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Consortium wins contract to run Livermore lab

The partnership, which is given a seven-year deal, includes the UC system, which has long run the facility.

May 09, 2007|Ralph Vartabedian | Times Staff Writer

The Energy Department on Tuesday awarded a seven-year contract to operate Lawrence Livermore National Laboratory to an industry consortium that includes the University of California, which has run the lab since it opened in 1952.

This year the lab was selected by the Energy Department to design and develop a new generation of nuclear bombs, known as the reliable replacement warhead. A report by an independent group of scientists warned that the project faced serious technical challenges.

The management consortium, Lawrence Livermore National Security LLC, was selected to run the Livermore lab over a competing group led by Los Angeles-based Northrop Grumman Corp. Energy Department officials said the consortium submitted a superior proposal and a lower bid.

Under the new contract, the team, which includes Bechtel National Inc., BWX Technologies Inc. and Washington Group International Inc., would receive $297.5 million over the seven-year contract. The consortium also includes Battelle Memorial Institute, Texas A&M University and several small businesses.

For The Record
Los Angeles Times Wednesday May 16, 2007 Home Edition Main News Part A Page 2 National Desk 1 inches; 65 words Type of Material: Correction
Hunger strike: A May 9 article in Section A about the awarding of a contract to operate Lawrence Livermore National Laboratory said three students and alumni at UC campuses in Santa Barbara, Santa Cruz and Berkeley were on a hunger strike to protest the university's involvement in nuclear weapons. Student organizers say the strike began with 30 participants and has since grown to about 40.

The University of California's contract to operate Livermore was put up for bid after Congress grew concerned about the management of another facility, Los Alamos National Laboratory, which has been shaken by a series of security and safety lapses over the last decade. The Livermore lab escaped much of the criticism but was included in the requirement for a contract competition.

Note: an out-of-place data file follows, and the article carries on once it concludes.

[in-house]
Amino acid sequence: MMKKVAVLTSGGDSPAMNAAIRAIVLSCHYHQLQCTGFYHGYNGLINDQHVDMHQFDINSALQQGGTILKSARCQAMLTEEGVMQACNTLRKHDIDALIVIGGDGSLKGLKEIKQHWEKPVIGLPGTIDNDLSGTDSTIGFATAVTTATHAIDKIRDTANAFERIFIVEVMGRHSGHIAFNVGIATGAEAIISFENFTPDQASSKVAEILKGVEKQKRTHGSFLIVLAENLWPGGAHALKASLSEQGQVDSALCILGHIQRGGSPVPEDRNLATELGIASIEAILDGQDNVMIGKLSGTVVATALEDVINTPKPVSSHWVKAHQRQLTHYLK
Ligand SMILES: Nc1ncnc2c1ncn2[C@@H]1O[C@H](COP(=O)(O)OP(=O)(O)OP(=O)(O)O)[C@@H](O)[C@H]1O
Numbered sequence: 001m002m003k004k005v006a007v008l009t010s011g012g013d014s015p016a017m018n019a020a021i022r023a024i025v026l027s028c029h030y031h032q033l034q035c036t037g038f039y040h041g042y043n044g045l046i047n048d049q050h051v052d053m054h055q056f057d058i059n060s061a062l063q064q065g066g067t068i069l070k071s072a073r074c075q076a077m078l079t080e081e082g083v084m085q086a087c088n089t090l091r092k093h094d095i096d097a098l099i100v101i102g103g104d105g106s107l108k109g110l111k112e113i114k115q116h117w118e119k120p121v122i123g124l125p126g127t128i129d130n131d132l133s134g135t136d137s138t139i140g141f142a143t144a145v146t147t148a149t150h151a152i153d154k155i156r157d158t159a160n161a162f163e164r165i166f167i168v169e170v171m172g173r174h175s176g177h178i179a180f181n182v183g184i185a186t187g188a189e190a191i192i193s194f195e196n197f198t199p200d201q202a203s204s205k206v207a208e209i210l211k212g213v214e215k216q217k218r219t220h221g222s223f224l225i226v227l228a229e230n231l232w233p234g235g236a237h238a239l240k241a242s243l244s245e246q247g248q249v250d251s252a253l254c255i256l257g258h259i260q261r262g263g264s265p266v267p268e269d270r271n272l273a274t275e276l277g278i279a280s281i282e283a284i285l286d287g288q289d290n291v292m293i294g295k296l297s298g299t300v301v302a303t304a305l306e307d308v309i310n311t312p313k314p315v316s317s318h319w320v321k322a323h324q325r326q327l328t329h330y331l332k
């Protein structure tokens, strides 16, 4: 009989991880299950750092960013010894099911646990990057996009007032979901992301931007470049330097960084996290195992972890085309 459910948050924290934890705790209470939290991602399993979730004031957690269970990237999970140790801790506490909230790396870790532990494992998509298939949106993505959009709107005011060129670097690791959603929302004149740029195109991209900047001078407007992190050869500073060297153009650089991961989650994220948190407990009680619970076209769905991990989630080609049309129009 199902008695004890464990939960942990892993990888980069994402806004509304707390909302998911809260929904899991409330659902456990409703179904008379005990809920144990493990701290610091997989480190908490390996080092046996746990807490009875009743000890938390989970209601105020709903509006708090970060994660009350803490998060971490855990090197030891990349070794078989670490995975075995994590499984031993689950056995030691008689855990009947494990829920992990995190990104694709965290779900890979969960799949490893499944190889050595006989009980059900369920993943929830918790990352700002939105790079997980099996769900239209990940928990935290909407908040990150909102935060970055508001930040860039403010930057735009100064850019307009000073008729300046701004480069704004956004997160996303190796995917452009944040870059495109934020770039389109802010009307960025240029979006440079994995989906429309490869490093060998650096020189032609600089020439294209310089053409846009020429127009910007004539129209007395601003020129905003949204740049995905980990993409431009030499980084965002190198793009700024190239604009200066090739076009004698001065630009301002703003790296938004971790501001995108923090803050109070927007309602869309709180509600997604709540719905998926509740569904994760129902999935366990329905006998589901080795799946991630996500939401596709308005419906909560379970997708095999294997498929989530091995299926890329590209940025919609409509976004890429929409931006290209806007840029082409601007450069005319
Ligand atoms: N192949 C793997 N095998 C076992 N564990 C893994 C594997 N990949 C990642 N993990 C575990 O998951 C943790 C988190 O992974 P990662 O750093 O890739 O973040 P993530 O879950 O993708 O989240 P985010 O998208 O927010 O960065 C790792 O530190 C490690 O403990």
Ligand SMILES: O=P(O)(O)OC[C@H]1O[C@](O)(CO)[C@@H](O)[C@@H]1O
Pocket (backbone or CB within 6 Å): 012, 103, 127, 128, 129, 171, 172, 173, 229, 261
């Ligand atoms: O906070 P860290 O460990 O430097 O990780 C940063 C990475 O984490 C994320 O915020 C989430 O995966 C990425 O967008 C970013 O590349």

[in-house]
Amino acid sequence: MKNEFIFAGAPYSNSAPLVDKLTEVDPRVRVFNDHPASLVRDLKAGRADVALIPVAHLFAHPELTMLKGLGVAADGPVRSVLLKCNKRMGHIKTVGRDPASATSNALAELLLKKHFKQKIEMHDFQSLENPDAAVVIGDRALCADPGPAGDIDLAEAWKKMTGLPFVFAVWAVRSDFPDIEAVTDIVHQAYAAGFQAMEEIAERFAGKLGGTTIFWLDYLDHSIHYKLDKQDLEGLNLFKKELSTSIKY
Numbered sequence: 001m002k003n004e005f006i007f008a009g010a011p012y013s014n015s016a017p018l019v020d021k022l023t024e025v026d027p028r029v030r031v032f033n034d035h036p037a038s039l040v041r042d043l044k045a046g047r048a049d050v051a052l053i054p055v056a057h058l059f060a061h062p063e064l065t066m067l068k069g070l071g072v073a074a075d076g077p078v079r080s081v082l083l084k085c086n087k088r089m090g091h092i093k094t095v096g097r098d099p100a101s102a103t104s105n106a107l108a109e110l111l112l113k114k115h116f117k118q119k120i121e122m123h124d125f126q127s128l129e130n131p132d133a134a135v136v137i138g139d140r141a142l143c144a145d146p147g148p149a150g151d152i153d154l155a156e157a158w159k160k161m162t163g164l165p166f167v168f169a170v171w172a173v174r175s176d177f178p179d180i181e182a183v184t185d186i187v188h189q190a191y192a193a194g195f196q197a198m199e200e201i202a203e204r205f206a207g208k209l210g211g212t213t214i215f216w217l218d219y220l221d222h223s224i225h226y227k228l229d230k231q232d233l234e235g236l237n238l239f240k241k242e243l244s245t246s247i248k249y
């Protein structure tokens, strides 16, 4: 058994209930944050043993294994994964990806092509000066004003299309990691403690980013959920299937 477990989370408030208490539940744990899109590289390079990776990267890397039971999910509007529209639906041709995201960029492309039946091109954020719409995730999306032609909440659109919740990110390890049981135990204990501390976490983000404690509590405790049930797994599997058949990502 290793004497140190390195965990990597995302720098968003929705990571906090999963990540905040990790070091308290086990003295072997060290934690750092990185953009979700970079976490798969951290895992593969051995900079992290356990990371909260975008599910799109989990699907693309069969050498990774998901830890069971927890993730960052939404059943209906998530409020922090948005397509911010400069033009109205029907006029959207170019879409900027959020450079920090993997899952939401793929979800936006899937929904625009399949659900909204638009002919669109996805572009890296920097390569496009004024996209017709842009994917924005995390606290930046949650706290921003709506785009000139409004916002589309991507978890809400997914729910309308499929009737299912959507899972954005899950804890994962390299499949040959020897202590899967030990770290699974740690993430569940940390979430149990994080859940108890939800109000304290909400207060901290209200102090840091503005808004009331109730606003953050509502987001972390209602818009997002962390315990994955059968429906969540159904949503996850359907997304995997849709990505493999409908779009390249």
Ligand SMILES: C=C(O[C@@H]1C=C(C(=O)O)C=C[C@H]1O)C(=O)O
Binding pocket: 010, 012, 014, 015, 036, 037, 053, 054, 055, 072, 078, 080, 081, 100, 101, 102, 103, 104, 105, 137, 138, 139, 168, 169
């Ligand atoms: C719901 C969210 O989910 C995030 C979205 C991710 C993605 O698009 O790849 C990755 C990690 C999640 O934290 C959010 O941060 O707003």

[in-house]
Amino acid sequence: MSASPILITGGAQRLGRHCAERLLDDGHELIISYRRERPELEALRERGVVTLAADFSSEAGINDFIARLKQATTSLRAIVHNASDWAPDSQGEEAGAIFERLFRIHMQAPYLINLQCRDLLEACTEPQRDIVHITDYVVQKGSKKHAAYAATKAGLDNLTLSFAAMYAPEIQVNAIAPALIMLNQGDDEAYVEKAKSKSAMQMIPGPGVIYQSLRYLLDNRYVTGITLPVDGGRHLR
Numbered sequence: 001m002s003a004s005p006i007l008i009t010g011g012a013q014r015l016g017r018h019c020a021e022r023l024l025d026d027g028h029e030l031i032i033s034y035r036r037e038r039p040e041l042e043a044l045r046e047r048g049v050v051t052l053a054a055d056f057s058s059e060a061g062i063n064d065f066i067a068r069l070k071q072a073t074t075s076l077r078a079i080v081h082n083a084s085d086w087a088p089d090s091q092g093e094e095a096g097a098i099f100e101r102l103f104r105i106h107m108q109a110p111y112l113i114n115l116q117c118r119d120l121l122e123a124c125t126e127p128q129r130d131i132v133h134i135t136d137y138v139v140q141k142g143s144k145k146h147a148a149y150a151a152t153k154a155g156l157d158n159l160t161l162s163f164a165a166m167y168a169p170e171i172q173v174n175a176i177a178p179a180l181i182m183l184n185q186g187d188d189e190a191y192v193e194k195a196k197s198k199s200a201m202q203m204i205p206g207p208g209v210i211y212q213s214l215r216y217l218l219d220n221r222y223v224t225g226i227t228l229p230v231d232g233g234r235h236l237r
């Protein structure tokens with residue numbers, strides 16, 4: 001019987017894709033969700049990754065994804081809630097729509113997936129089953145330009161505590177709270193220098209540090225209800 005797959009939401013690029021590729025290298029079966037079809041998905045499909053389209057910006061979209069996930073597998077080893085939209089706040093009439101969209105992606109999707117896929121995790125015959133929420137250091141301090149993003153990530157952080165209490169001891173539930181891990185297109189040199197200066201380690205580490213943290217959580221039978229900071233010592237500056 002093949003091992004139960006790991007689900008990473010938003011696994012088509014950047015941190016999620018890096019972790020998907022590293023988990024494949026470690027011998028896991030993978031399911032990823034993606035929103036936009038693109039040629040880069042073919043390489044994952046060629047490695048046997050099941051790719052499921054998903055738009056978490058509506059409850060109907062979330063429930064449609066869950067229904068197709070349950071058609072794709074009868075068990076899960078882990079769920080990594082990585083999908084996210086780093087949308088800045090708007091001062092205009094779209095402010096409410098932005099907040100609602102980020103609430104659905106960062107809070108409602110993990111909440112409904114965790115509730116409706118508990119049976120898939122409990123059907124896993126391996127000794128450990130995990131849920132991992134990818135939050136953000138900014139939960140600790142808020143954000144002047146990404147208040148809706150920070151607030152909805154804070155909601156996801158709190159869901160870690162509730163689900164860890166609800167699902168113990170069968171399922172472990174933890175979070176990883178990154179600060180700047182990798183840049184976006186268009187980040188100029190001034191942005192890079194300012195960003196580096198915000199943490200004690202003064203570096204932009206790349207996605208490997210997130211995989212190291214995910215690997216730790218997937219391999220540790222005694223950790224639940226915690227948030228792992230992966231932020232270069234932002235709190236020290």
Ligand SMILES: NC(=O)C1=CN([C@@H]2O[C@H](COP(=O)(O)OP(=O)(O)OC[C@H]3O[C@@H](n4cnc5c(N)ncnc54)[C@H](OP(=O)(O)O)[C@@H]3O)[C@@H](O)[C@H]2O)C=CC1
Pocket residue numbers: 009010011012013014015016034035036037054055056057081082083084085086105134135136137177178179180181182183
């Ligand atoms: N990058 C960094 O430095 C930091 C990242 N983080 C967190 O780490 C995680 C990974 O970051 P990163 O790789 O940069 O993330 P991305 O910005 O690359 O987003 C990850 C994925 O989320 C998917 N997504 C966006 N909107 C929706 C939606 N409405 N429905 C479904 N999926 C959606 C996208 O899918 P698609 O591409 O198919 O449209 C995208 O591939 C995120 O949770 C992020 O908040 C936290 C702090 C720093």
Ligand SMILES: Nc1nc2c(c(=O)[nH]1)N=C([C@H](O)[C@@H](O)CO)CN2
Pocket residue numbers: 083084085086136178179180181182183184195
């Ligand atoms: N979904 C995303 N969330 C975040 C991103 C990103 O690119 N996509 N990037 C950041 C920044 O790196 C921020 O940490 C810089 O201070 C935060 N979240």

The consortium is nearly identical to the group that took over Los Alamos, though the relative shares that each member has in the corporation is different. At Livermore, the University of California controls half of the six-member board, said Gerald L. Parsky, chairman of the consortium's board.

Another bid was submitted by a group calling itself Green LLC, which consisted of two nuclear watchdog groups, Tri-Valley Communities Against a Radioactive Environment and Nuclear Watch of New Mexico. Energy Department officials said Green's proposal to transform the lab into a "center for civilian science" was not responsive to the government's request.

Meanwhile, three students and alumni at UC campuses in Santa Barbara, Santa Cruz and Berkeley went on hunger strikes this week to protest the involvement of the university system in designing nuclear weapons.

Energy Department officials dismissed their demands.

"We urge students participating in this action to cease the strike and to eat," said Chris Harrington, a UC spokesman.


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